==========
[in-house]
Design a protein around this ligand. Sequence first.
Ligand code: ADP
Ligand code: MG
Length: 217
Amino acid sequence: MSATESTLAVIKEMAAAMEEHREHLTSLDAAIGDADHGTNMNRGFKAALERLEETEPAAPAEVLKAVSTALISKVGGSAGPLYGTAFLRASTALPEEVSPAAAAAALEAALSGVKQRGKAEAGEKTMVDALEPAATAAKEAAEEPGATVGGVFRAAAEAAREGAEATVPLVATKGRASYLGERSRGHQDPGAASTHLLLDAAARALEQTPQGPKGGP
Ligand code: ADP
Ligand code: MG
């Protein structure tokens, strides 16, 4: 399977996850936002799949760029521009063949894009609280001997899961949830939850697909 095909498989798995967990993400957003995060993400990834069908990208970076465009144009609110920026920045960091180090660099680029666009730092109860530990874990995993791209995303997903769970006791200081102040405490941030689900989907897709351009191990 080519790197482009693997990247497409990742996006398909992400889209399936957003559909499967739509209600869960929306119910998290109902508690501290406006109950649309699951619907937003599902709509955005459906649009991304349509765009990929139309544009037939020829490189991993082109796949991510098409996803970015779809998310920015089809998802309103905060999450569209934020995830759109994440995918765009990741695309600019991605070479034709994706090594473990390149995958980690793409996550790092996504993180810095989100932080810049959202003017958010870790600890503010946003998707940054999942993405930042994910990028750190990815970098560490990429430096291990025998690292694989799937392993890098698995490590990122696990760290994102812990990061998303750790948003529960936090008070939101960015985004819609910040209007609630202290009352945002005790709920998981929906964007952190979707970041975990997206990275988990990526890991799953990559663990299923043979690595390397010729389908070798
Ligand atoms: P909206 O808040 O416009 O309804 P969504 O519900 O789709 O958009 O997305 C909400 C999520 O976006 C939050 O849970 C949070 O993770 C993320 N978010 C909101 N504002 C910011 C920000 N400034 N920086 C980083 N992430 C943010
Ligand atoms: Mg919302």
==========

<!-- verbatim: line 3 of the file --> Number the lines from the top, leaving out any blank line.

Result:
Ligand code: ADP